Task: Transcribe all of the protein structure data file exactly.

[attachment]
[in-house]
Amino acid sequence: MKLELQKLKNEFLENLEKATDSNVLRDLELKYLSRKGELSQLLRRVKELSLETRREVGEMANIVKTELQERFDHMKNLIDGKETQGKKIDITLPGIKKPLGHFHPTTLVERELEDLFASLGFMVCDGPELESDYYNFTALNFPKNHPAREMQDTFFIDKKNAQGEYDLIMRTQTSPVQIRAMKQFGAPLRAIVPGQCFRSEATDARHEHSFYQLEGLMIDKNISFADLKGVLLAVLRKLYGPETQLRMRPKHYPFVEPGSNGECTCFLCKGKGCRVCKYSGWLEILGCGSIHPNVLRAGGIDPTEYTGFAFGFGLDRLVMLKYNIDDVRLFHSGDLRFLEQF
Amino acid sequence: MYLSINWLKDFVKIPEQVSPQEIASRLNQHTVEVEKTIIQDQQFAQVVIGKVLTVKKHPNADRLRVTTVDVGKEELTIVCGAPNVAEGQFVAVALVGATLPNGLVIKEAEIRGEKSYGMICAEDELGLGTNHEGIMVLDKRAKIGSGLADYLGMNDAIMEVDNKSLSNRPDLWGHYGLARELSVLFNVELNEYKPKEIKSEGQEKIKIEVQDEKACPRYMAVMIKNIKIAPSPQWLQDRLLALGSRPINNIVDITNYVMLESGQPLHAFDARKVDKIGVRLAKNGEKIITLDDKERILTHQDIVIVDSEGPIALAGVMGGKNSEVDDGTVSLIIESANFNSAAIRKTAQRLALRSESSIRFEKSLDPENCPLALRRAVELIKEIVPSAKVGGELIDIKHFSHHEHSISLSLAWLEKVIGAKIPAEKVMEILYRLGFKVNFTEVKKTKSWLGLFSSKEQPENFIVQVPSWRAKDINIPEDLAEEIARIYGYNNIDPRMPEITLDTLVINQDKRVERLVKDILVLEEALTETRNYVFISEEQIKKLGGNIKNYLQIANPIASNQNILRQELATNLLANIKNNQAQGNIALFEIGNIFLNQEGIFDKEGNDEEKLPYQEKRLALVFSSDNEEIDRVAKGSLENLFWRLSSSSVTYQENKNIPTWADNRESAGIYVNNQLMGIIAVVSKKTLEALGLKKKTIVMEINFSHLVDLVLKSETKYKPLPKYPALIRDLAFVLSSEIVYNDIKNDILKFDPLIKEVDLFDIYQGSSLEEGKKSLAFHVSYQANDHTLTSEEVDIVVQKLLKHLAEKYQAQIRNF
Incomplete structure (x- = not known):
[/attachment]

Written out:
[in-house]
Amino acid sequence: MKLELQKLKNEFLENLEKATDSNVLRDLELKYLSRKGELSQLLRRVKELSLETRREVGEMANIVKTELQERFDHMKNLIDGKETQGKKIDITLPGIKKPLGHFHPTTLVERELEDLFASLGFMVCDGPELESDYYNFTALNFPKNHPAREMQDTFFIDKKNAQGEYDLIMRTQTSPVQIRAMKQFGAPLRAIVPGQCFRSEATDARHEHSFYQLEGLMIDKNISFADLKGVLLAVLRKLYGPETQLRMRPKHYPFVEPGSNGECTCFLCKGKGCRVCKYSGWLEILGCGSIHPNVLRAGGIDPTEYTGFAFGFGLDRLVMLKYNIDDVRLFHSGDLRFLEQF
Amino acid sequence: MYLSINWLKDFVKIPEQVSPQEIASRLNQHTVEVEKTIIQDQQFAQVVIGKVLTVKKHPNADRLRVTTVDVGKEELTIVCGAPNVAEGQFVAVALVGATLPNGLVIKEAEIRGEKSYGMICAEDELGLGTNHEGIMVLDKRAKIGSGLADYLGMNDAIMEVDNKSLSNRPDLWGHYGLARELSVLFNVELNEYKPKEIKSEGQEKIKIEVQDEKACPRYMAVMIKNIKIAPSPQWLQDRLLALGSRPINNIVDITNYVMLESGQPLHAFDARKVDKIGVRLAKNGEKIITLDDKERILTHQDIVIVDSEGPIALAGVMGGKNSEVDDGTVSLIIESANFNSAAIRKTAQRLALRSESSIRFEKSLDPENCPLALRRAVELIKEIVPSAKVGGELIDIKHFSHHEHSISLSLAWLEKVIGAKIPAEKVMEILYRLGFKVNFTEVKKTKSWLGLFSSKEQPENFIVQVPSWRAKDINIPEDLAEEIARIYGYNNIDPRMPEITLDTLVINQDKRVERLVKDILVLEEALTETRNYVFISEEQIKKLGGNIKNYLQIANPIASNQNILRQELATNLLANIKNNQAQGNIALFEIGNIFLNQEGIFDKEGNDEEKLPYQEKRLALVFSSDNEEIDRVAKGSLENLFWRLSSSSVTYQENKNIPTWADNRESAGIYVNNQLMGIIAVVSKKTLEALGLKKKTIVMEINFSHLVDLVLKSETKYKPLPKYPALIRDLAFVLSSEIVYNDIKNDILKFDPLIKEVDLFDIYQGSSLEEGKKSLAFHVSYQANDHTLTSEEVDIVVQKLLKHLAEKYQAQIRNF
Incomplete structure (x- = not known):